Repeat heart attack more likely in newly depressed patients

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The likelihood of a subsequent cardiac event was 65% higher in people diagnosed with depression than for patients without depression, according to new research.

The increase, however, was concentrated among the patients who were not depressed before they had their heart attacks, the Dutch researchers noted. They concluded that depression following a heart attack is a warning sign of future cardiac problems, but only if it's the first time the patient has been clinically depressed.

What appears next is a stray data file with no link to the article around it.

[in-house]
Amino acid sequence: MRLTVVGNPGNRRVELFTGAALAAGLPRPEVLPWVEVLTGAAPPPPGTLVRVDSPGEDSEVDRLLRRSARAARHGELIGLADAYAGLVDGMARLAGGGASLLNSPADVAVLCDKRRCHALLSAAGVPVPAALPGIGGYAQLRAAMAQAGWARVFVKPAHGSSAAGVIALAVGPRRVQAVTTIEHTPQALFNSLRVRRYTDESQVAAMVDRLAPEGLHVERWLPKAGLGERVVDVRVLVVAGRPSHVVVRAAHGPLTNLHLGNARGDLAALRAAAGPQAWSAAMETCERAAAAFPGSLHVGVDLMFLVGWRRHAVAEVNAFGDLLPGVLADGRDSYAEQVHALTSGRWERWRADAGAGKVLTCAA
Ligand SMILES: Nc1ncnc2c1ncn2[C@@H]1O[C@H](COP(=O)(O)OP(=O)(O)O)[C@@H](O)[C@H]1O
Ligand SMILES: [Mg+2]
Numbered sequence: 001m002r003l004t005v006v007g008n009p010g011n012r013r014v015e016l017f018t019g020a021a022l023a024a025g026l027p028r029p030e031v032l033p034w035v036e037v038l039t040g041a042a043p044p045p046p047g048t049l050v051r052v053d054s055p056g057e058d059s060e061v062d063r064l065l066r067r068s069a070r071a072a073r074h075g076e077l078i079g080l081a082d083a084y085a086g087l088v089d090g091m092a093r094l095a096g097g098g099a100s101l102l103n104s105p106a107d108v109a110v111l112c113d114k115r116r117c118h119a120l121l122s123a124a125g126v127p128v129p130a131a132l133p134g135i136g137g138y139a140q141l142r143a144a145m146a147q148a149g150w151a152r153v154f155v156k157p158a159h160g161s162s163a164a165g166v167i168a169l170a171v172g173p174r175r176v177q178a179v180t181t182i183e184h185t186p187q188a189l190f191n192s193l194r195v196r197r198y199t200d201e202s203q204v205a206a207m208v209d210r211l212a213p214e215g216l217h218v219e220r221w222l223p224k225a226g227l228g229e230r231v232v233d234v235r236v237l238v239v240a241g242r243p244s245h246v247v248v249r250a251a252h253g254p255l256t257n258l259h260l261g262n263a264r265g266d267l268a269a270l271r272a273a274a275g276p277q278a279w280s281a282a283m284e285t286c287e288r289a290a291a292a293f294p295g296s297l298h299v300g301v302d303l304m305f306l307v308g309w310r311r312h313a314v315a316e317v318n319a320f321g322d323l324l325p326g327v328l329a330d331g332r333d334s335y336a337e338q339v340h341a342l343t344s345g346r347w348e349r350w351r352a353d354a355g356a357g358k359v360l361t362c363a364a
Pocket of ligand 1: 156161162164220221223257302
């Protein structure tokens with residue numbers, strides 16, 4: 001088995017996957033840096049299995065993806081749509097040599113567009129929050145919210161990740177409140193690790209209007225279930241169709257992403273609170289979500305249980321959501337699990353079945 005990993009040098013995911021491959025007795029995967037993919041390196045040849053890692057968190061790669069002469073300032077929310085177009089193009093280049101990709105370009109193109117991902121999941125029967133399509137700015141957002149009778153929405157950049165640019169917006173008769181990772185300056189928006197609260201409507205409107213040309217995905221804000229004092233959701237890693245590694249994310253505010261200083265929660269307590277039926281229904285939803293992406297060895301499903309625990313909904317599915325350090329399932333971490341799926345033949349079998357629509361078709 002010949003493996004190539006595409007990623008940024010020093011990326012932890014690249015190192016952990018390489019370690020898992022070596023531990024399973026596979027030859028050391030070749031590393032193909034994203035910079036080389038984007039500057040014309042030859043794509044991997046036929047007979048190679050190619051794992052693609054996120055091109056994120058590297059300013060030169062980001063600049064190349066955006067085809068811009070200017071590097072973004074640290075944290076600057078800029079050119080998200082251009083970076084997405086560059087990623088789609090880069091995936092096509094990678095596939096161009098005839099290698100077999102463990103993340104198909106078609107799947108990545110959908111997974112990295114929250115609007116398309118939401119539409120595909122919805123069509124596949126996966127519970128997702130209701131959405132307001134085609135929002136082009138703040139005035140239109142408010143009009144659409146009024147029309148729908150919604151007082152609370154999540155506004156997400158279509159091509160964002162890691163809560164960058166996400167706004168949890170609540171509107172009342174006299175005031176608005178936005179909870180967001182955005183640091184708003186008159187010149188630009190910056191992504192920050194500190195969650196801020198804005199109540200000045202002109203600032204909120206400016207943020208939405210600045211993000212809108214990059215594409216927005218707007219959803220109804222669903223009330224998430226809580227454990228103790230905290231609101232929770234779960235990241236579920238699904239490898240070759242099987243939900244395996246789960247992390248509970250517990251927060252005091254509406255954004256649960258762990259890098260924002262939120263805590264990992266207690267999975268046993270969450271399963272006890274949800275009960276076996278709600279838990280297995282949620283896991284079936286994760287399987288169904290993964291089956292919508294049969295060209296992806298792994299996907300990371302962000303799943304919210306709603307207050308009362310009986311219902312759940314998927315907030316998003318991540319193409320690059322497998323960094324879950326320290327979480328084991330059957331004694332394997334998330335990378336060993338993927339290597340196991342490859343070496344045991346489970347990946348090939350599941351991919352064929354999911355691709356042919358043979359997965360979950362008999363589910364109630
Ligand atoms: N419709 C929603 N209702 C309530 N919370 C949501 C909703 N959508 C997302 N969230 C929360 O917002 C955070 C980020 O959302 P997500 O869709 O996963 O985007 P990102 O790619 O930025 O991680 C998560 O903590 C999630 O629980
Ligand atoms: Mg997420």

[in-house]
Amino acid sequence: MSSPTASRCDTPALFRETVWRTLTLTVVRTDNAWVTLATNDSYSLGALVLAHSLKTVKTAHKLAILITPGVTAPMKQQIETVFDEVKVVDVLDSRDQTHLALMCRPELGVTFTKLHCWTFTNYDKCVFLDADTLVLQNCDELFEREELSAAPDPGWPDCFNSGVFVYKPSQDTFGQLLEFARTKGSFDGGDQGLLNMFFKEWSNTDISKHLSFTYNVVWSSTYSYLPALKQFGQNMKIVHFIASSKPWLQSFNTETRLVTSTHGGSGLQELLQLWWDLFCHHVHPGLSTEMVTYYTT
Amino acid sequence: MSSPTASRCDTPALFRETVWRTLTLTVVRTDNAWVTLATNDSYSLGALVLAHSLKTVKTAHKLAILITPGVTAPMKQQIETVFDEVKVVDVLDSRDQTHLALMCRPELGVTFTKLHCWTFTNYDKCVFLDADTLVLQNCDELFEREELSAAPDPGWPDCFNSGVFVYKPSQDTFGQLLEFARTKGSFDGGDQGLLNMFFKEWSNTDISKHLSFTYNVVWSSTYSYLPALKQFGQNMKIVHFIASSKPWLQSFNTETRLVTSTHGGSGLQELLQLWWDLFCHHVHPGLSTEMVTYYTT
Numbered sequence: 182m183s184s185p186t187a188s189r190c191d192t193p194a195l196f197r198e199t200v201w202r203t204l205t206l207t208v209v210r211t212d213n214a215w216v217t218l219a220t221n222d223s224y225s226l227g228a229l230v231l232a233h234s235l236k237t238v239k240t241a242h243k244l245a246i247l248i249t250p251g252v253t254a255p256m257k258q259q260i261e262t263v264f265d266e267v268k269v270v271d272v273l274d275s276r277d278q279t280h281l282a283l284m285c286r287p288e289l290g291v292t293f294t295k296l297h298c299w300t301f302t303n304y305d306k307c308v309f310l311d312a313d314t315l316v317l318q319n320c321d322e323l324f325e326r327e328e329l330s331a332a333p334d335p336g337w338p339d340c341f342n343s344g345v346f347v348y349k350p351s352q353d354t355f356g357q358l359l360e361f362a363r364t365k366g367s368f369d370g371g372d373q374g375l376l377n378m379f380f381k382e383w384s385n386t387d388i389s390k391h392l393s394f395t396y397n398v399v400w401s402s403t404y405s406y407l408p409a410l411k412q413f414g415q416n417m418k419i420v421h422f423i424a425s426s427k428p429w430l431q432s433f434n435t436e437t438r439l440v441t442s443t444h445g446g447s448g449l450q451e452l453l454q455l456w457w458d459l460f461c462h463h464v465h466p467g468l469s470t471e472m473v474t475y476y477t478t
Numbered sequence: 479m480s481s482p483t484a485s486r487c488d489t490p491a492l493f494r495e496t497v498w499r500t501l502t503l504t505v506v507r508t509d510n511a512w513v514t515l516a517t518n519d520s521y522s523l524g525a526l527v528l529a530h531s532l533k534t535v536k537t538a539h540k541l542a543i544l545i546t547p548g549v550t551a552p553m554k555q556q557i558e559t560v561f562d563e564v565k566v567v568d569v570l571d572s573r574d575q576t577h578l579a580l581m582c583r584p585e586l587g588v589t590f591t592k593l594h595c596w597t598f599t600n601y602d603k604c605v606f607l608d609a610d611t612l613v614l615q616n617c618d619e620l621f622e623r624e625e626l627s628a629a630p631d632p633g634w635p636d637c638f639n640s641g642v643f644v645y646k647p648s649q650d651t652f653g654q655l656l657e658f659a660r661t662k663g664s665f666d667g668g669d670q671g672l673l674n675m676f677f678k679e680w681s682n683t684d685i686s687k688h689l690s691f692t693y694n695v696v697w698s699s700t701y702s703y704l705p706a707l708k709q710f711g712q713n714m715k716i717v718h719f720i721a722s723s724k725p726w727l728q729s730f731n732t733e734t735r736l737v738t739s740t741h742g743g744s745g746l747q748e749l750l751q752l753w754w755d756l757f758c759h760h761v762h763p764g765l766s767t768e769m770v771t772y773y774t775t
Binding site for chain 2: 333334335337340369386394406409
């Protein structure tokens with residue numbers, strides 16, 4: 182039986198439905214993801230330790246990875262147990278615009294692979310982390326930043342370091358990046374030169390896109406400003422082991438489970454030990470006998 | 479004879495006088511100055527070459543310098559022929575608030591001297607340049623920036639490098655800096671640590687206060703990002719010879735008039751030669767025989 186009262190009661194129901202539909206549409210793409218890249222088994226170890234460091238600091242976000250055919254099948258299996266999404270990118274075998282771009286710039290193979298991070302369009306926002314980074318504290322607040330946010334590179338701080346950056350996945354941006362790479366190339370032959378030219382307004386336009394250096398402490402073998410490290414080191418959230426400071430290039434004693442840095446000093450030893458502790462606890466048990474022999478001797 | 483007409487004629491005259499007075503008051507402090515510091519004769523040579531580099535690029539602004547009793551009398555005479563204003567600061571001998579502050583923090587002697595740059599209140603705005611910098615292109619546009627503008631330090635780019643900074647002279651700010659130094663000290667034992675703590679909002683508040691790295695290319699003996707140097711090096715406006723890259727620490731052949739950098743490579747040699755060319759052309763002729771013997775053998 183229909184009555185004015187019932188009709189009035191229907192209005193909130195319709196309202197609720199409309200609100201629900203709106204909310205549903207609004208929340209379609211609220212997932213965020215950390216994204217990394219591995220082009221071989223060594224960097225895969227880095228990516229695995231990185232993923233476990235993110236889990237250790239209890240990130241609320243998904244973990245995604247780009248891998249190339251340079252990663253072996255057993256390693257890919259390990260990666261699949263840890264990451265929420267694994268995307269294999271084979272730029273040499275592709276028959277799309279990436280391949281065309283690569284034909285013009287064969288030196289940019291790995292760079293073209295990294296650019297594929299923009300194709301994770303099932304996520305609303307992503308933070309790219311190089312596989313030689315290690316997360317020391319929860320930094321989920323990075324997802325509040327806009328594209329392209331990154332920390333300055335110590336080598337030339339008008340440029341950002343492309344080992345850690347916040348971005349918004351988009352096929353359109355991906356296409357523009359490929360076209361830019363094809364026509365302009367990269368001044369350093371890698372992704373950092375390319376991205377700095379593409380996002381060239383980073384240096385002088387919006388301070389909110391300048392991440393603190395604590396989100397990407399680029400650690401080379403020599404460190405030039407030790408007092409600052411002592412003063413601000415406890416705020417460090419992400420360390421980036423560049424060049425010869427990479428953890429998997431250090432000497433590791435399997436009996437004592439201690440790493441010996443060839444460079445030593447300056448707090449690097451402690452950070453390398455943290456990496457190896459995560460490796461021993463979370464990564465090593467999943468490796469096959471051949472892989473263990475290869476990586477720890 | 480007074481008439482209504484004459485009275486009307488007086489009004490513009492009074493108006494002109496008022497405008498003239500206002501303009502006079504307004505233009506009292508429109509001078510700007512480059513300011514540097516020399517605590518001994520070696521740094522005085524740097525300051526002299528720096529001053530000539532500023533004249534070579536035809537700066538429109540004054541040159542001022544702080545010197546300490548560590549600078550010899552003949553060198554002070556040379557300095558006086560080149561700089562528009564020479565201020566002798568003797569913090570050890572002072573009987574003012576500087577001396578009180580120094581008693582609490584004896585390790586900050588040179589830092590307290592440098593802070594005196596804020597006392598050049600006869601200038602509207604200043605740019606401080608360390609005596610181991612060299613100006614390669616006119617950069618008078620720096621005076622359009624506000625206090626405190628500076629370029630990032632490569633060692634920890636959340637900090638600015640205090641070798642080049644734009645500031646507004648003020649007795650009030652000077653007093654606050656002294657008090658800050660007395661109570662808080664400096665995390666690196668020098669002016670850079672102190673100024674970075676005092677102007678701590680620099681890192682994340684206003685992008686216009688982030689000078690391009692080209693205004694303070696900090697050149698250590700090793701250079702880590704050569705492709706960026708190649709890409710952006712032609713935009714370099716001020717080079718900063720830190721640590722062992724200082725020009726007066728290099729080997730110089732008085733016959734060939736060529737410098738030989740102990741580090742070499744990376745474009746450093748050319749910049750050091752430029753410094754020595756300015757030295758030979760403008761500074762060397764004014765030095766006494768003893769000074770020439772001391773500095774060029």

Researchers at the University Medical Center at Groningen followed 468 patients hospitalized for heart attack for an average of 2.5 years in an effort to clarify whether depression in an of itself contributes to heart attacks. While patients diagnosed with depression for the first time had a significantly higher incidence of heart attack, the rate of heart events was only 12% higher for depressed patients who also were depressed before their heart attacks.

The study report will appear in the Tuesday's issue of the Journal of the American College of Cardiology.